Recipe Revealed for Layer-Cake Atmosphere of a Baking Planet

Recipe Revealed for Layer-Cake Atmosphere of a Baking Planet
This artist's illustration shows the Jupiter-size, extrasolar planet, called HD 209458b, orbiting close to its star. Starlight heats the planet's atmosphere, causing hot gas to escape into space. (Image credit: NASA/ESA/G. Bacon (STScI))

One of the biggest risk-takers inthe planet world orbits so close toits parent star that its upper atmosphere bleeds into space like high-speed steamrising from a boiler. Now astronomers have measured the "layer-cake" structureof the extrasolar planet's heatedatmosphere.

Like a freshly-made cotton candy, HD209458b is so hot that its atmosphere appears to be puffed up. The Jupiter-sizeplanet is just 4.4 million miles (7 million kilometers) from its star, or 20times closer than the Earth is to ourSun, and about 100 times closer than Jupiteris to our Sun, hence the nickname of "hot Jupiter" for extrasolar planets this big and close to their parentstars.  

The new study, detailed in the Feb.1 issue of the journal Nature, could shed light on other hot Jupiters.

"This planet's extremeatmosphere could yield insights into the atmospheres of other hot Jupiters," said lead scientist Gilda Ballester of the Universityof Arizona in Tucson.

Light filter

With the HubbleSpace Telescope, astronomers measured starlight that filteredthrough the planet's puffyouter atmosphere. Astronomerscan calculate an atmosphere'sstructure and chemical make-up by studying how starlight filters through it.

"The layer we studied isactually a transition zone where the temperature skyrockets from about 1,340degrees Fahrenheit (1,000 Kelvin) to about 25,540 degrees (15,000 Kelvin),which is hotter than the Sun," Ballester said."With this detection we see the details of how a planet loses itsatmosphere."

They observed that ultraviolet radiationfrom the hoststar bakes the hydrogen gas in the upper atmosphere [image],causing it to balloon. With such an intense heat source, the gas streams fromthe planet's gravitational pull at a rate of 10,000tons a second, or three times the rate of water flowing over Niagara Falls.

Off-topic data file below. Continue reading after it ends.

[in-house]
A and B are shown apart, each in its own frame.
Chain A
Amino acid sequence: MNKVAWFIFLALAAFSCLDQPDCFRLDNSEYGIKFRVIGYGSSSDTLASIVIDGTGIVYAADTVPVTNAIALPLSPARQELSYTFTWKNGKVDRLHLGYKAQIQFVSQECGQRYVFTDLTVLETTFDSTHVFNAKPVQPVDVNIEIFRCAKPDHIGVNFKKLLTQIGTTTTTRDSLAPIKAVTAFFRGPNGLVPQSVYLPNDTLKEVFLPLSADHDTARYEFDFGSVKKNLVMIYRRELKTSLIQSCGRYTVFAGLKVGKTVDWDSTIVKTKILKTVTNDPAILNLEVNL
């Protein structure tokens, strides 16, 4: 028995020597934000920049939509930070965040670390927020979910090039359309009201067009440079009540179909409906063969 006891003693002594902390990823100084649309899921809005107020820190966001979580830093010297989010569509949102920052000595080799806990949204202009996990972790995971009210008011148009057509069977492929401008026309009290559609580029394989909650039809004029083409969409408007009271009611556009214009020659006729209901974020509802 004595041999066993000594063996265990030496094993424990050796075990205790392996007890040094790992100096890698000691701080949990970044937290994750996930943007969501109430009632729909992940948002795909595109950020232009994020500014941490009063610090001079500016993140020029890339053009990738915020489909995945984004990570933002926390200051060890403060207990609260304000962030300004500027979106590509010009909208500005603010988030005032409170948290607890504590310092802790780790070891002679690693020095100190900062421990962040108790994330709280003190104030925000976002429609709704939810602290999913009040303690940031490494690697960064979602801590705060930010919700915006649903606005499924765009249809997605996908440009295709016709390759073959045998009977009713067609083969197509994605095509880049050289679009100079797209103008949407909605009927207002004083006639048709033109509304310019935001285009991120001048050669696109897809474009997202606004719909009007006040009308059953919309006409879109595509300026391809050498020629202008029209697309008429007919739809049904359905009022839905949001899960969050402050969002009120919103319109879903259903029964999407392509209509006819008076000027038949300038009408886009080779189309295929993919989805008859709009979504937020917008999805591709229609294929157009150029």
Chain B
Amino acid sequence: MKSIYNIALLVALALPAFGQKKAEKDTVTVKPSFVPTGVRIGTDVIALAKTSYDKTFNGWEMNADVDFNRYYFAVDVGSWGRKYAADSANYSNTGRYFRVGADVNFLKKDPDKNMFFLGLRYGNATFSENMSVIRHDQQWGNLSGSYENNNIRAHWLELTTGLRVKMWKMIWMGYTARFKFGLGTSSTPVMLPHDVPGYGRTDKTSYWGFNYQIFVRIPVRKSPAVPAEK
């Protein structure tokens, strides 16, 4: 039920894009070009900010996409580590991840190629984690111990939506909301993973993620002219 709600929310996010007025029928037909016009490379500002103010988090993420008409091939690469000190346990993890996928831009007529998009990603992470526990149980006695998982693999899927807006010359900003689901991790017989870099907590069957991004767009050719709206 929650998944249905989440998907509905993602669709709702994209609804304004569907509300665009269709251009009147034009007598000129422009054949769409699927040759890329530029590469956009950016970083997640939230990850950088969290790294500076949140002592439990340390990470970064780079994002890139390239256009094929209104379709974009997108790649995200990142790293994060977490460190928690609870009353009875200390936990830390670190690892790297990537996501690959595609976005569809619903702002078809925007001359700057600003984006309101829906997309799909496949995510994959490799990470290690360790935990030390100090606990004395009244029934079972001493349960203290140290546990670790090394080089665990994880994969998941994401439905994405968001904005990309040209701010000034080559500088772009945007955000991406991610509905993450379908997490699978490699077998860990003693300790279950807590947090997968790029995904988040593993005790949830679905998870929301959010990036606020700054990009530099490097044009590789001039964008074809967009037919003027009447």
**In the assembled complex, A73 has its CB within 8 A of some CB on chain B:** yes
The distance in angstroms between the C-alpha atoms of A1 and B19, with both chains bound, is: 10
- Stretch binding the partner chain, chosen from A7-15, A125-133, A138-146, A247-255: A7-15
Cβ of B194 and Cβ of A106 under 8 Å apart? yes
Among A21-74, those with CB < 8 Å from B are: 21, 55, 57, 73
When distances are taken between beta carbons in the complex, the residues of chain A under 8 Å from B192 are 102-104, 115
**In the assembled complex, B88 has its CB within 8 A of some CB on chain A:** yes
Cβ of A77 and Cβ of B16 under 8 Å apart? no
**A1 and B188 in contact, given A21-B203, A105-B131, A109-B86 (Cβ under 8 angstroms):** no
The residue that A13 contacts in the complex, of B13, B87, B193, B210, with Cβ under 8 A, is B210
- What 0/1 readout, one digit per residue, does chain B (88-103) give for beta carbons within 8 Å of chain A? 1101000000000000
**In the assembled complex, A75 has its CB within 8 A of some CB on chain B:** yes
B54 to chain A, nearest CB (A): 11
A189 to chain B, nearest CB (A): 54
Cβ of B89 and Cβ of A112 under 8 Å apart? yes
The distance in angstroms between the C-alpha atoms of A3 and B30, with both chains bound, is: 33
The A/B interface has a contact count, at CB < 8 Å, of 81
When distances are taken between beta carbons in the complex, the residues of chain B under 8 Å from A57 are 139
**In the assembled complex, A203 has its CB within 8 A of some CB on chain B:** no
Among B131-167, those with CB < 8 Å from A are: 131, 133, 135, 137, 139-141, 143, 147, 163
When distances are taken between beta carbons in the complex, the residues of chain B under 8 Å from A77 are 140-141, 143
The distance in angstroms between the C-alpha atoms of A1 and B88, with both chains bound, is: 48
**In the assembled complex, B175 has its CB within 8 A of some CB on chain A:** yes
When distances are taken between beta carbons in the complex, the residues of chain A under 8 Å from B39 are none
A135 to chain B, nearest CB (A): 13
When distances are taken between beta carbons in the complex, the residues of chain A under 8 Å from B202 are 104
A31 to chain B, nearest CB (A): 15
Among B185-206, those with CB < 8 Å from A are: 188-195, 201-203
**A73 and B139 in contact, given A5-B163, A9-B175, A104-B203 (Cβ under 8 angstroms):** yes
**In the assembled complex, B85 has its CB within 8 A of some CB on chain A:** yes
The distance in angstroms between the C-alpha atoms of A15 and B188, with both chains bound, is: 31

Even still, astronomers don't expectthe planet to fade away any time soon. It has a prognosis of 5 billionyears or more.

Hot insights

Discovered in 1999, HD209458b is one of a few known alien worlds that can beobserved as it transitsits parent star, called HD 209458. With a 3.5-day orbit, HD 209458b is 150light-years from Earth in the constellation Pegasus.

Astronomers estimate about 10 to 15percent of the more than 200 known extrasolar planets are hot Jupiterslike HD209458b. A recent Hubble survey revealed 16 hot Jupiter candidates inour Milky Way Galaxy, which suggests there might be billions of these gassystar-huggers in our galaxy.

Previous Hubble observationsrevealed oxygen, carbon, and sodium in HD209458b's atmosphere, as well as in its fan-like tail. Those findings combined with thenew onesprovide the first detection of the chemical makeup of an extrasolarplanet's atmosphere.  

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Jeanna Bryner
Jeanna is the managing editor for LiveScience, a sister site to Before becoming managing editor, Jeanna served as a reporter for LiveScience and for about three years. Previously she was an assistant editor at Science World magazine. Jeanna has an English degree from Salisbury University, a Master's degree in biogeochemistry and environmental sciences from the University of Maryland, and a science journalism degree from New York University. To find out what her latest project is, you can follow Jeanna on Google+.